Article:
A couple of weeks ago, I spent all day in my kitchen cooking for 7 special ladies who were coming over for dinner.  I had decided pizzas with a southern twist would be just the thing for our little backyard soiree- collard greens and tomatoes, pulled pork and peaches, and bacon and fig were all up on the menu.


But as I was elbow deep in flour, chopping, dicing, sautéing, whipping, stirring, and generally making the biggest mess known to man, I knew that I was taking a chance.  I mean, collard greens are not exactly the first thing that comes to mind when someone says pizza (recipe below).  But then the same thing could be said of my guests and our friendships.  

As I slowly sautéed my greens with garlic and a little bacon grease (yes, a little; it makes it good), it occurred to me that how we think about food is a lot like how we think about people.


Most folks tend to make assumptions about both.

Sometimes, it’s because it’s not what they’re used to. Sometimes, it’s because they’ve been told they shouldn’t. Sometimes, it’s just because they’ve never taken the chance to try it. But sometimes… the very things that don’t seem to belong together might be exactly what’s needed to make everything right.

Which brings me back to those collards, bright and tender…  And my pizza dough rising just the right amount… And my guests.


Who would have thought we would all take a chance on each other like we have?   There are nay-sayers on both sides who try to impose their narratives on us, saying our friendships can only be tenuous at best, superficial, too much water under the bridge, too much mistrust, that the difference between black and white is too broad a gap to be bridged.

But later that evening as my sisters and I gathered around the table, it was obvious that we have chosen to tell a different story with our lives.


One that chooses unity over division, forgiveness over suspicion. One that chooses not to dwell on the past or the mistakes of others, but to dwell on the love of our Father. One that looks past race, age, color, and expectations and embraces each other for simply who we are and for the special gifts found there that cannot be found anywhere else.  We know each brings something important and unique to the table– experiences, wisdom, a point of view that would be absent if she weren’t present.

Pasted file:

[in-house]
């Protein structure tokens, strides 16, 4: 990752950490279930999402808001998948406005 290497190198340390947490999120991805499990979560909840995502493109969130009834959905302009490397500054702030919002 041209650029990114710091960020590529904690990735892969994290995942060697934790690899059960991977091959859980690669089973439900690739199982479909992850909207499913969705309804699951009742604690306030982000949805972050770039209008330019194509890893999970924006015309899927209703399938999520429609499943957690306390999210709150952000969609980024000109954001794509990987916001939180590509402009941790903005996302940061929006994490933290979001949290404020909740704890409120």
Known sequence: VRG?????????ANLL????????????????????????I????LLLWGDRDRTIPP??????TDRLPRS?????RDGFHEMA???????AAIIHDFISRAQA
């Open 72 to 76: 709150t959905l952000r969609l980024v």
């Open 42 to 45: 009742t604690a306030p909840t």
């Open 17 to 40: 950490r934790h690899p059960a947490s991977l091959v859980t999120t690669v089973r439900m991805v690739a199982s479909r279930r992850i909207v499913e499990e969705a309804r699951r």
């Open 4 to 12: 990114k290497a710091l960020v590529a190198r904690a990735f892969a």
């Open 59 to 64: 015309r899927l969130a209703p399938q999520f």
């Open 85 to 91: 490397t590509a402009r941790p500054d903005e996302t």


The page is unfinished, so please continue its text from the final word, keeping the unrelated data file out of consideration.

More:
SONY DSCAnd we know that we cannot really be the Church without each other.

Healing needs to begin. We’ve got to start somewhere.

Sometimes, it’s the things that you don’t think go together that end up making all the difference.


Collard Greens & Tomato Pizza

A delicously southern twist on a margherita pizza.
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Course: Main Course
Cuisine: American
Keyword: Pizza
Servings: 4 people


  • 1.5 C chopped collard greens
  • 1/3 C onion, sliced into strips
  • 1 tsp minced garlic
  • 1 Tbsp bacon grease
  • 1/4 C water
  • 1/2 tsp salt
  • 1/4 tsp black pepper
  • 1/2 C grape tomatoes, sliced in half lengthwise
  • 8 oz ricotta cheese
  • 3 strips prosciutto, cut into small pieces
  • Crust (liberally borrowed from The Pioneer Woman it’s our fave)


  • Heat bacon grease in a cast iron skillet. Add garlic. Sautee until lightly browned.
  • Add collard greens, onions, salt and pepper.  Toss to coat the greens and onions.  Saute for 5 min.
  • Add water, stirring well. Simmer until greens are bright and tender.
  • When done, cool greens and pat dry with a paper towel.
  • On a prepared pizza crust, spoon out just enough ricotta cheese to thinly coat the crust.
  • Arrange greens, tomatoes, and prosciutto evenly on the cheese.
  • Then bake for 15 to 17 minutes in a 375° oven, or until crust is golden brown.